The review author, Michigan State University plant scientist Mariam Sticklen, wrote in the current issue of __NRG__ that she was linkurl:retracting;http://www.nature.com/nrg/journal/v11/n4/full/nrg2777.html her article "due to a paragraph being paraphrased without attribution." According to an investigative committee at Michigan State University, Sticklen modified a paragraph from a manuscript she was peer reviewing for the journal __Plant Science__ in 2008 and inserted into her own during the final stages of revision at __NRG__. Sticklen told __The Scientist__ that her mistake was inadvertent, precipitated by a medical condition that affected her memory and cognition. "All I know is that I did not do wrong," she said. Ziv Shani, senior author of the __Plant Science__ paper from which Sticklen apparently borrowed -- also about ways to boost ethanol production -- wrote in an email to __The Scientist__ that he and his co-authors became aware of a problem when they read Sticklen's published review in a June 2008 issue of __NRG__, before their paper had been published. "We referred this matter to the editor of __Plant Science__, to which we had submitted an invited review," Shani wrote. That editor was linkurl:Jonathan Gressel,;http://www.weizmann.ac.il/plants/gressel/index.html professor emeritus at Israel's Weizmann Institute of Science who commissions and edits review articles at the journal. Gressel told __The Scientist__ that Shani contacted him and asked if Sticklen was a referee on his own paper, which was eventually linkurl:published;http://www.sciencedirect.com/science?_ob=ArticleURL&_udi=B6TBH-4XRCRK2-1&_user=10&_coverDate=02%2F28%2F2010&_rdoc=1&_fmt=high&_orig=search&_sort=d&_docanchor=&view=c&_acct=C000050221&_version=1&_urlVersion=0&_userid=10&md5=bacf4eb28ded69dc48361e14a9e2dc6c in the February 2010 issue of __Plant Science__. Gressel informed Shani that he couldn't divulge that information but promised to look in to the matter. "If I see something, I'll notify the appropriate authorities," he assured Shani. Gressel did see something. "It was almost identical," he said. "It was clear to me that it was plagiary." What really tipped him off, Gressel said, was that two of the references Sticklen used (see references 62 and 63 in box below and in the __NRG__ linkurl:manuscript);http://www.nature.com/nrg/journal/v9/n6/full/nrg2336.html had nothing to do with the subject matter in the sentence where they appeared. This prompted Gressel to email editors at __NRG__ and administrators at Michigan State University, alerting them to Sticklen's apparent misconduct, a message on which he copied Shani. This essentially ended Sticklen's status as an anonymous reviewer of Shani's manuscript, but Gressel said that divulging her identity was warranted. "When you have done something that's way beyond the pale, you forfeit your anonymity as a reviewer," Gressel said. "It's not a given." Michigan State's research integrity officer, exercise scientist linkurl:James Pivarnik,;http://www.epi.msu.edu/faculty/pivarnik.htm then took over. An investigative "committee found research misconduct," Pivarnik told __The Scientist__, ruling that Sticklen had plagiarized the paragraph of the paper she peer reviewed. He added that Sticklen appealed the finding all the way up to the level of Michigan State's president. In the meantime, Shani's paper was published in __Plant Science__, and when Michigan State University investigators informed Gressel of their finding, the editor added a note to the end of the article, saying that an investigative committee determined that the paper contained a paragraph that had been plagiarized. Sticklen maintained that her mistake was not intentional. She said she has been diagnosed with essential thrombocythemia, in which a high platelet count has clogged blood vessels in her brain and caused her major memory and cognitive problems for more than two years. This, combined with her habit of using index cards to identify interesting topics to research later or ideas to include in pieces she's writing, led to the problem, she said. While she cannot remember exactly what happened with the __Plant Science__ and __NRG__ manuscripts, Sticklen said that she likely mixed up a card containing information she wanted to include in her manuscript with a card she wrote about Shani's paper. Sticklen also said that the school should have considered her medical condition more carefully in determining her guilt in the matter. Though she was undergoing further testing during the Michigan State's investigation, Sticklen, who is currently on medical leave from the university, said that she furnished school officials with a preliminary medical report from her doctors. "I told the committee, but they rushed to a conclusion," she said. "They ignored the report." linkurl:Ian Gray,;http://www.msu.edu/thisismsu/executive/vp.html Michigan State University's vice president for research and graduate studies, told __The Scientist__ that the committee was aware of Sticklen's medical condition, but declined to make any further comment, stating that "the case is closed from Michigan State University's perspective. As far as the university is concerned, the decision is made and that's what we live with." After receiving official word of the university's findings, editors at __Nature Reviews Genetics__ decided to retract Sticklen's article, the first ever retracted from any of the 15 __Nature Reviews__ journals published by Nature Publishing Group. "It was clear that we needed to make amends for this," __NRG__'s chief editor Louisa Flintoft told __The Scientist__. But the journal used slightly different wording to describe the incident, calling Sticklen's mistake "a paragraph being paraphrased without attribution" rather than describing it as "plagiarism," as did the Michigan State University investigative committee. "Paraphrasing a paragraph without attribution is a form of plagiarism," Flintoft said. "It's a more specific description of what happened in that paper." She added that __NRG__ staff initially wrote the retraction, and agreed on the final wording in concert with Sticklen. "Frankly, I think __Nature Reviews Genetics__ was nice to her in allowing her to say 'paraphrase'," Gressel said. Shani, group R&D director at Israeli agribiotech FuturaGene, said in an email to __The Scientist__ that he was satisfied with the retraction. "The matter was dealt with professionally between the editors of the two journals and between Dr. Sticklen and her institute, Michigan State University," he wrote. "My co-authors and I believe that we have now received the proper credit for our original work and we do not wish to elaborate further on this issue." Gray said that Sticklen has been disciplined for her actions. "The disciplinary actions focus on stricter departmental oversight of the faculty member's research, including publications and grant proposals, additional mentoring including attendance at the MSU Workshop on Responsible Conduct of Research, ineligibility for any internal research funding, including institutional match, for a period of two years, and no salary increase for the next two years," Gray wrote in an email to __The Scientist__. "It's very unfortunate that such a thing happened," he said. Here are the two paragraphs side-by-side so you can decide for yourself: __Editor's Note (04/01/10, 2:20 PM EDT): These are indeed the two paragraphs that initially raised suspicion in the mind of __Plant Science__ editor Jonathan Gressel. He assured __The Scientist__ of that fact. Michigan State University declined to provide the official report generated from their investigation of the matter. As these were review articles, the "plagiarism" involved had less to do with copying specific sections of text and more about borrowing the ideas contained in the original paragraph, one of only a handful in the __Plant Science__ manuscript that contained mention of new ideas or hypotheses.__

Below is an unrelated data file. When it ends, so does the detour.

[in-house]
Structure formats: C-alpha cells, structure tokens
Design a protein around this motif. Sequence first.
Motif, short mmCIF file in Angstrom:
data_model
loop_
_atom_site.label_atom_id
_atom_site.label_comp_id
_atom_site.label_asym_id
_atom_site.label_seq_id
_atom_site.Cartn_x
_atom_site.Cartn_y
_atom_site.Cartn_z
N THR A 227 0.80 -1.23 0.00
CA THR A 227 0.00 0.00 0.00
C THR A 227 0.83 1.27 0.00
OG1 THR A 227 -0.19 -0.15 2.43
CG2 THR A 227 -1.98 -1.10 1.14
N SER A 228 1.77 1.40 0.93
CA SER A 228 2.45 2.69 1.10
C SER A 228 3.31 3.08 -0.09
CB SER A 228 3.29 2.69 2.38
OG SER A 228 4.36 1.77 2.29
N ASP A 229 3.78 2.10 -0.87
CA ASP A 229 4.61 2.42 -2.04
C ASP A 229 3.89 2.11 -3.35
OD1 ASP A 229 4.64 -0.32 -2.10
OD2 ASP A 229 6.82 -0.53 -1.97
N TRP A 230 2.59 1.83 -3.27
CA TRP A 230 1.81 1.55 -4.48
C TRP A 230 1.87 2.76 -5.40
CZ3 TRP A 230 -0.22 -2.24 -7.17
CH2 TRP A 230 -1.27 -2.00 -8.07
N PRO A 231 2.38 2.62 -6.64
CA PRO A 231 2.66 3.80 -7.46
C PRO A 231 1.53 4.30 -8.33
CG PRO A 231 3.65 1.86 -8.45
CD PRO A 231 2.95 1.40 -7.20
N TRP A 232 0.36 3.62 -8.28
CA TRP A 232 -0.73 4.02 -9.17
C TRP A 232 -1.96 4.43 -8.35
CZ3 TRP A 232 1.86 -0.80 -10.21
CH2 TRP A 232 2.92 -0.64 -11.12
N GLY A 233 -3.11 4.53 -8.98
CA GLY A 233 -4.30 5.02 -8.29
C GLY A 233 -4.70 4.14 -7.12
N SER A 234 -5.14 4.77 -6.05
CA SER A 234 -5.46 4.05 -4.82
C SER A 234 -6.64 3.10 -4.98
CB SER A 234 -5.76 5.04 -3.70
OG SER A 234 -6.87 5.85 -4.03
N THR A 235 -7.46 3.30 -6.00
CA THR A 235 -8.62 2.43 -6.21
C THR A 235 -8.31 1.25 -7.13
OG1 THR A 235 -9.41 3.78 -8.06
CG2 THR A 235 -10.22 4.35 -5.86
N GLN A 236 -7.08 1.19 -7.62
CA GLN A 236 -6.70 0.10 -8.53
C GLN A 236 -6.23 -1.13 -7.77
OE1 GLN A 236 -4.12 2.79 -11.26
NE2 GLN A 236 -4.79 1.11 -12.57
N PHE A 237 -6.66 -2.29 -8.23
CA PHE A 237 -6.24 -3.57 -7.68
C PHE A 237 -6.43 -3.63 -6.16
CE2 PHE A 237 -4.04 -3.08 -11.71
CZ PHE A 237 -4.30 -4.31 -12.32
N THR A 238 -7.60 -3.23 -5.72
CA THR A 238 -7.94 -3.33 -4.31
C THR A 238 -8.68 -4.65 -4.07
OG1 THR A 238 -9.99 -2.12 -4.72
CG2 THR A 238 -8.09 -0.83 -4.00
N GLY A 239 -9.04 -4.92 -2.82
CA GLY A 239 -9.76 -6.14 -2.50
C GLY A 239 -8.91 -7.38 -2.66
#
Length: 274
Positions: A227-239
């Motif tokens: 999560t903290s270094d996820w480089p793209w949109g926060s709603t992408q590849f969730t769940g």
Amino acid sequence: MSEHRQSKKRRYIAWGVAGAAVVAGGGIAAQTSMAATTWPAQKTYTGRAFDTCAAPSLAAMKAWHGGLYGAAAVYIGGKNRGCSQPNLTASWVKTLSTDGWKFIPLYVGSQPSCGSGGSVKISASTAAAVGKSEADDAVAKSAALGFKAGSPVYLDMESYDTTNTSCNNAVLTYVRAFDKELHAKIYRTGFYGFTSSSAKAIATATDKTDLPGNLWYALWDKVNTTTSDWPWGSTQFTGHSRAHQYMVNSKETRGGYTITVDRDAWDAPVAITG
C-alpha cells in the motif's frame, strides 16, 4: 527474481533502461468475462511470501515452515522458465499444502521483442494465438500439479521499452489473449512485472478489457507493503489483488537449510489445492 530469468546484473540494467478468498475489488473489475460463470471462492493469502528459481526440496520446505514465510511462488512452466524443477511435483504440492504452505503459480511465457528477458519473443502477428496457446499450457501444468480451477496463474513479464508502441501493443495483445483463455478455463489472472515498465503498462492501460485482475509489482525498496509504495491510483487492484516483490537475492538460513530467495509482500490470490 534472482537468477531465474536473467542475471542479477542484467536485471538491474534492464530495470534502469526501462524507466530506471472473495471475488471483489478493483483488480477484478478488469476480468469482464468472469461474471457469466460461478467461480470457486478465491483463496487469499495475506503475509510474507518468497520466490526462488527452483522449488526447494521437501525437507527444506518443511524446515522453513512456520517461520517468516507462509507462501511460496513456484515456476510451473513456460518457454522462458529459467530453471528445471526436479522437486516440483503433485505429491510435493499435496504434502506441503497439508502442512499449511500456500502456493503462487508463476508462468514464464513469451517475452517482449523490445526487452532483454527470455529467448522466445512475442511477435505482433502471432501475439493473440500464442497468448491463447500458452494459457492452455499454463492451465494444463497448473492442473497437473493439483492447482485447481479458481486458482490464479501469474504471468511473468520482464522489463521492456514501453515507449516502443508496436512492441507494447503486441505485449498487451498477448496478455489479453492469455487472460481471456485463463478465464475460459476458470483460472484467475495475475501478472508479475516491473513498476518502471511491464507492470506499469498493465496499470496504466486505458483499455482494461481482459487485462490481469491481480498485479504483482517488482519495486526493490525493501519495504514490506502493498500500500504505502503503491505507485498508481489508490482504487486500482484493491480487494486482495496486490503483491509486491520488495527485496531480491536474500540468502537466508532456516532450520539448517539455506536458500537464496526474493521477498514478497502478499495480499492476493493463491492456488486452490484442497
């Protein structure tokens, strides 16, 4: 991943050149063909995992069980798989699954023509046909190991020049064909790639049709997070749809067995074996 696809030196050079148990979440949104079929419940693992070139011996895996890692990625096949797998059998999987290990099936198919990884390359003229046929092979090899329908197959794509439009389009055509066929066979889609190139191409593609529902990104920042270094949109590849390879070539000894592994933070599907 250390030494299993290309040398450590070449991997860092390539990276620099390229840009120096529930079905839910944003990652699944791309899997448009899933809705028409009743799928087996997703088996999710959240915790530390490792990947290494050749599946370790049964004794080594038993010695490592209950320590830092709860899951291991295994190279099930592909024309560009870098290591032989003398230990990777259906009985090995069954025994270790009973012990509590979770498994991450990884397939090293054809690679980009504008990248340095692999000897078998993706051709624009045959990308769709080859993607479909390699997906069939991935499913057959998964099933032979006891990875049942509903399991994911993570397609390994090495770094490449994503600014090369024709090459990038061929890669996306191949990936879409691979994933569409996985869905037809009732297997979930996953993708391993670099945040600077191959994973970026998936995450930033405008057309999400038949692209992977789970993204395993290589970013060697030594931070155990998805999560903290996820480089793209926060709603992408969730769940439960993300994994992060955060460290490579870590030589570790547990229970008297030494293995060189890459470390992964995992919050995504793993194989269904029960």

Editor's Note (04/01/10, 4:20 PM EDT): when originally posted, the article misspelled Sticklen's first name. The Scientist regrets the error.